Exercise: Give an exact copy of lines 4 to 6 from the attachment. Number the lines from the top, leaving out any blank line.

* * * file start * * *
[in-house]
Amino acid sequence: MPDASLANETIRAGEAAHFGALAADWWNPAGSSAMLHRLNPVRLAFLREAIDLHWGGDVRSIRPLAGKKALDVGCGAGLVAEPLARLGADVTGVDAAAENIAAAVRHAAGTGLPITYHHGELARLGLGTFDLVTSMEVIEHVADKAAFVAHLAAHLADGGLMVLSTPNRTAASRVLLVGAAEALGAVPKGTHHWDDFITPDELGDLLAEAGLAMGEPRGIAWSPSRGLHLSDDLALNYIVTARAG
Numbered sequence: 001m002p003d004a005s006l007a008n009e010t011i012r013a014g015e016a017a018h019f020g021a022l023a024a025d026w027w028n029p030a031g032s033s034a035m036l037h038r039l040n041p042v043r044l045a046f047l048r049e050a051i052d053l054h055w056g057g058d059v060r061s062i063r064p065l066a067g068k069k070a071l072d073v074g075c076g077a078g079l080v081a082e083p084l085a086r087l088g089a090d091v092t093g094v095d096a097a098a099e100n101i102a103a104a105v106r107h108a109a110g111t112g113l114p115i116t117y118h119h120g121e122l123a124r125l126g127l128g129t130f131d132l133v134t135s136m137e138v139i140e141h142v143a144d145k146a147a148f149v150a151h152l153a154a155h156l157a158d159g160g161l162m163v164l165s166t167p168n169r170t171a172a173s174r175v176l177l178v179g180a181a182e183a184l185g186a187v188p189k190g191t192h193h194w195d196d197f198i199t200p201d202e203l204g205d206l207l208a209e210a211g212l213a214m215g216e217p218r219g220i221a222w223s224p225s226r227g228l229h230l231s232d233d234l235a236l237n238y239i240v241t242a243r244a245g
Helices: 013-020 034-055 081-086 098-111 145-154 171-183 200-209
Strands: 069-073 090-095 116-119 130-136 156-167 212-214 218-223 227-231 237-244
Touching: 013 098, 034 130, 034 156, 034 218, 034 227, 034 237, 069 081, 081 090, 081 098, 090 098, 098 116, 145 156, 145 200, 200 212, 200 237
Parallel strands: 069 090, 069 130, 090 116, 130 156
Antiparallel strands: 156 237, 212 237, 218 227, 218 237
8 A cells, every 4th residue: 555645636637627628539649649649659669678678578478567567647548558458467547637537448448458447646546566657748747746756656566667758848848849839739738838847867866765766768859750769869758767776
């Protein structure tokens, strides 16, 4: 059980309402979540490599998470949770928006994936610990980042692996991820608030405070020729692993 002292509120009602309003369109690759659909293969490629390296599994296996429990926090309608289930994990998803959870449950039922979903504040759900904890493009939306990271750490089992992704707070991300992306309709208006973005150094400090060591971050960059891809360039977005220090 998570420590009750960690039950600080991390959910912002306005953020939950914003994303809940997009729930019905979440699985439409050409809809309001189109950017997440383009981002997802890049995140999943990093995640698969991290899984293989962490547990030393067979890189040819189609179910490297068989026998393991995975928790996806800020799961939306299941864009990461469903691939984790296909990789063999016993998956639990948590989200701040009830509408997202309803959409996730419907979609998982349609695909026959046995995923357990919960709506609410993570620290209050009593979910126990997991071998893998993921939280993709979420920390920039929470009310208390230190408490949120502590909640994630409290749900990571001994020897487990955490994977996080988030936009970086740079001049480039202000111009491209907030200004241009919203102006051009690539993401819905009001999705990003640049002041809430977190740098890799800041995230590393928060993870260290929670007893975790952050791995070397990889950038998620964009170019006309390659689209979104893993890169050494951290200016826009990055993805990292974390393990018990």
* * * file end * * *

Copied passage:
Helices: 013-020 034-055 081-086 098-111 145-154 171-183 200-209
Strands: 069-073 090-095 116-119 130-136 156-167 212-214 218-223 227-231 237-244
Touching: 013 098, 034 130, 034 156, 034 218, 034 227, 034 237, 069 081, 081 090, 081 098, 090 098, 098 116, 145 156, 145 200, 200 212, 200 237